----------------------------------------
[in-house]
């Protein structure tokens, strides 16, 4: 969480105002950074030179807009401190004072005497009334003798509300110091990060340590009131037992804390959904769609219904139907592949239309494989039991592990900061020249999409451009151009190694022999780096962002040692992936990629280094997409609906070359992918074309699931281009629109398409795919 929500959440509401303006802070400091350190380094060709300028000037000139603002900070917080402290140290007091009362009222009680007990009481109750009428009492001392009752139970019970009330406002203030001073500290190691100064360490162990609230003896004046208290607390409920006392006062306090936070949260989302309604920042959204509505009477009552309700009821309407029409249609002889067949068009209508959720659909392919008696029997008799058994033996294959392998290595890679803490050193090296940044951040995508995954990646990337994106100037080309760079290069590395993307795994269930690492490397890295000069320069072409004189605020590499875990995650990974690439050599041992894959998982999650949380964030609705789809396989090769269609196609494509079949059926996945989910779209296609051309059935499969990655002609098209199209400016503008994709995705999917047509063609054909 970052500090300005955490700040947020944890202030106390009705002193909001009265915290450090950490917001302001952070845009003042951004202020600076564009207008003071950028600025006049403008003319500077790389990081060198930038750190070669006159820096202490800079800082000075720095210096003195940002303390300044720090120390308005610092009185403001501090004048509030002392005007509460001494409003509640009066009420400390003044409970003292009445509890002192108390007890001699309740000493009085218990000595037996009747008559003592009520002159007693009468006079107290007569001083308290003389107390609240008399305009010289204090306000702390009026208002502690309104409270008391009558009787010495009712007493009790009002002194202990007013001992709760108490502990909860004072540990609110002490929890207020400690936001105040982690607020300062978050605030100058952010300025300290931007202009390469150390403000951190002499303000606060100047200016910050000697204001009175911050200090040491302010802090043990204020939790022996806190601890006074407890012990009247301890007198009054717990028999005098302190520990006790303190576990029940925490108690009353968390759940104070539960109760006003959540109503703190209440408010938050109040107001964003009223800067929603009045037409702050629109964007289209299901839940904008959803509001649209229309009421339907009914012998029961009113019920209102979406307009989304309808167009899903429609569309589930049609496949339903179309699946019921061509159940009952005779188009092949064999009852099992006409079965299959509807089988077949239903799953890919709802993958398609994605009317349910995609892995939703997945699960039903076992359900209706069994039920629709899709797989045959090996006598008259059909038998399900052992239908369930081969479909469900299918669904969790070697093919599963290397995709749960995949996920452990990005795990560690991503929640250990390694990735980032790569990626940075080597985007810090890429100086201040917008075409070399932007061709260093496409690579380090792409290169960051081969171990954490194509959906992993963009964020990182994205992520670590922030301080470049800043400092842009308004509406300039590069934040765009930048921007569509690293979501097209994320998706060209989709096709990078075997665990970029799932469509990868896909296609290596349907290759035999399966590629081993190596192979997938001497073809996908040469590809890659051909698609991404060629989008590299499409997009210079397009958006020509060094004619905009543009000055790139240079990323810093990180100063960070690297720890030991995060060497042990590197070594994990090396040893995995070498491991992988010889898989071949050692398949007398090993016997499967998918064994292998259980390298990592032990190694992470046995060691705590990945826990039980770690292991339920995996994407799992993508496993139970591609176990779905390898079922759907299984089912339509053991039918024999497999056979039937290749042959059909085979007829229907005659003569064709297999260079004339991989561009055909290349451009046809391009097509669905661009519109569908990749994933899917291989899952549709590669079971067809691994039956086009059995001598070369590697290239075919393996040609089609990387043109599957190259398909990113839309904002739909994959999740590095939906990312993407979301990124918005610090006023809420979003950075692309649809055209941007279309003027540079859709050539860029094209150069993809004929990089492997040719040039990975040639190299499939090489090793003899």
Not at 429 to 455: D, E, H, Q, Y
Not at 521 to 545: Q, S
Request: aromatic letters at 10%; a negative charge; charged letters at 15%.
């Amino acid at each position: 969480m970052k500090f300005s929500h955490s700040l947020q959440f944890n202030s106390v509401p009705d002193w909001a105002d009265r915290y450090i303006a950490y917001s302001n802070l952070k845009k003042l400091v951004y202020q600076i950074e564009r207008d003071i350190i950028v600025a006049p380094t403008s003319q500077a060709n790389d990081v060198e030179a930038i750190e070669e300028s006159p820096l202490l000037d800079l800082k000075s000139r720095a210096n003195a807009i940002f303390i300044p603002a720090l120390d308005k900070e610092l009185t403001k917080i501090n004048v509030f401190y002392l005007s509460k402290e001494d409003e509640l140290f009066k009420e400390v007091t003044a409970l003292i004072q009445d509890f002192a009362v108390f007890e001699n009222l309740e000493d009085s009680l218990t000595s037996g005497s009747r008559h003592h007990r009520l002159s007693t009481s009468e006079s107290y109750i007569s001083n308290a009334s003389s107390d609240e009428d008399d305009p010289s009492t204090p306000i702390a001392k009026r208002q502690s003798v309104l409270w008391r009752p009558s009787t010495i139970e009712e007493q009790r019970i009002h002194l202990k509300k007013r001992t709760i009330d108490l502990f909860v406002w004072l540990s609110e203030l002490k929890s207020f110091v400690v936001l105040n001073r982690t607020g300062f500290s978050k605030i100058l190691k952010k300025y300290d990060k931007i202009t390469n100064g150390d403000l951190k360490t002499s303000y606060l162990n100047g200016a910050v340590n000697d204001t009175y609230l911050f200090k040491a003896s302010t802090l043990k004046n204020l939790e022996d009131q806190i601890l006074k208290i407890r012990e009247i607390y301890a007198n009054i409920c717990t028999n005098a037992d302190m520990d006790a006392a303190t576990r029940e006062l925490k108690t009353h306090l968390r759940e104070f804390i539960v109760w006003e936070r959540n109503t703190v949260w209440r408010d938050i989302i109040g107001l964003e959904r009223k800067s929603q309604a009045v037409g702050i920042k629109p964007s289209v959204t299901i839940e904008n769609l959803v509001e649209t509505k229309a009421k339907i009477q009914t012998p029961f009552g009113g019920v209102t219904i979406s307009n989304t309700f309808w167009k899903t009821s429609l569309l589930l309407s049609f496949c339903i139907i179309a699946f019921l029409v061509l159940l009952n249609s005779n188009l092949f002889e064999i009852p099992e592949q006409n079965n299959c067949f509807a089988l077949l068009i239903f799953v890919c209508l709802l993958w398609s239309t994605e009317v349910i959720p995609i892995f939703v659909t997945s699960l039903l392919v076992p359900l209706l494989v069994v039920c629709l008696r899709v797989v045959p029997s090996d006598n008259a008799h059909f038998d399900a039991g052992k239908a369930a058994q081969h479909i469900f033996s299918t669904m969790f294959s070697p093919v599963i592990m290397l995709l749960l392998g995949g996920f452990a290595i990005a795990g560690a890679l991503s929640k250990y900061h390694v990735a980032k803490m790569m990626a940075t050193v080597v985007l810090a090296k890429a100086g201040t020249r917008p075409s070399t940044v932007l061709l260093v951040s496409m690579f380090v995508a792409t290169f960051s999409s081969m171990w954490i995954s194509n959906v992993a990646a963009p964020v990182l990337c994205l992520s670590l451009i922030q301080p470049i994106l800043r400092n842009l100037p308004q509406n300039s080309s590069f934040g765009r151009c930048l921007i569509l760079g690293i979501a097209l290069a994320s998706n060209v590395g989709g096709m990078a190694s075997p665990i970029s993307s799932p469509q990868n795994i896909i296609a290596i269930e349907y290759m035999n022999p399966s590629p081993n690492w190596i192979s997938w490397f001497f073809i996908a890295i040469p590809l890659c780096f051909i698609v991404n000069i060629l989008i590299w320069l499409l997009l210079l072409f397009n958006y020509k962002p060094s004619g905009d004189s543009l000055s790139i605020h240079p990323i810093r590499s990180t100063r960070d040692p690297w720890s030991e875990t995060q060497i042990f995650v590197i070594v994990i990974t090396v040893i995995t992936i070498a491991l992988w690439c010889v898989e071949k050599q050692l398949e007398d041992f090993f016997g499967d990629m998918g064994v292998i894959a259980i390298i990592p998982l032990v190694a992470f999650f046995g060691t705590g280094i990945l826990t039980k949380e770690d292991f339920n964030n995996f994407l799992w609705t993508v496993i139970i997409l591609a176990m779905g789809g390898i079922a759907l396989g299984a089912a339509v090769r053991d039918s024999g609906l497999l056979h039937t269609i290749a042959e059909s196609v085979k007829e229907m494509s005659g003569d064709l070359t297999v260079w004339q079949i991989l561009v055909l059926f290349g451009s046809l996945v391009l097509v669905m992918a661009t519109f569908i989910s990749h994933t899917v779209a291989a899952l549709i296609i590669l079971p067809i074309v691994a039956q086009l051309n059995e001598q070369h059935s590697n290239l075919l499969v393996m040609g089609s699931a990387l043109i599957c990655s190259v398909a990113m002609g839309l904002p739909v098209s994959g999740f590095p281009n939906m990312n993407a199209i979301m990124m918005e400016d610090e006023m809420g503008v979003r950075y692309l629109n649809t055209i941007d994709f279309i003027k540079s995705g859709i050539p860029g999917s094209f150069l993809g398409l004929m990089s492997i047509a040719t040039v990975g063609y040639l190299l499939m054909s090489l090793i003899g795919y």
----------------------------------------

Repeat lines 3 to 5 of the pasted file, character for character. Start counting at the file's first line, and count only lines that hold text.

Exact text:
Not at 429 to 455: D, E, H, Q, Y
Not at 521 to 545: Q, S
Request: aromatic letters at 10%; a negative charge; charged letters at 15%.